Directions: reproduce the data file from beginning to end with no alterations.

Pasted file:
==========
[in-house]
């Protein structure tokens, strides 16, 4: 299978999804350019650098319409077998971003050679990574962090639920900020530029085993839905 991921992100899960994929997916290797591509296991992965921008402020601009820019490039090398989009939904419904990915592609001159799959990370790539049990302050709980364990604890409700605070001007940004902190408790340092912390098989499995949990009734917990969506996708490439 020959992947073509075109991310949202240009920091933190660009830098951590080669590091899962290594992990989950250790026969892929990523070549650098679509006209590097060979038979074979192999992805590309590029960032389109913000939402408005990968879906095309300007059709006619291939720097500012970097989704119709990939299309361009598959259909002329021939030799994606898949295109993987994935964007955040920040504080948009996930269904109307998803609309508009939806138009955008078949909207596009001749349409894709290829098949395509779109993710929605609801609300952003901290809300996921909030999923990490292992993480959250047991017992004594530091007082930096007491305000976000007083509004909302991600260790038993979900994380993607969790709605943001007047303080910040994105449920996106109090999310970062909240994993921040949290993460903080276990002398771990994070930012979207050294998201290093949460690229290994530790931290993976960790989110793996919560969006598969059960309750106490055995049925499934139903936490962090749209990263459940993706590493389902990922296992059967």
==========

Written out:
[in-house]
């Protein structure tokens, strides 16, 4: 299978999804350019650098319409077998971003050679990574962090639920900020530029085993839905 991921992100899960994929997916290797591509296991992965921008402020601009820019490039090398989009939904419904990915592609001159799959990370790539049990302050709980364990604890409700605070001007940004902190408790340092912390098989499995949990009734917990969506996708490439 020959992947073509075109991310949202240009920091933190660009830098951590080669590091899962290594992990989950250790026969892929990523070549650098679509006209590097060979038979074979192999992805590309590029960032389109913000939402408005990968879906095309300007059709006619291939720097500012970097989704119709990939299309361009598959259909002329021939030799994606898949295109993987994935964007955040920040504080948009996930269904109307998803609309508009939806138009955008078949909207596009001749349409894709290829098949395509779109993710929605609801609300952003901290809300996921909030999923990490292992993480959250047991017992004594530091007082930096007491305000976000007083509004909302991600260790038993979900994380993607969790709605943001007047303080910040994105449920996106109090999310970062909240994993921040949290993460903080276990002398771990994070930012979207050294998201290093949460690229290994530790931290993976960790989110793996919560969006598969059960309750106490055995049925499934139903936490962090749209990263459940993706590493389902990922296992059967």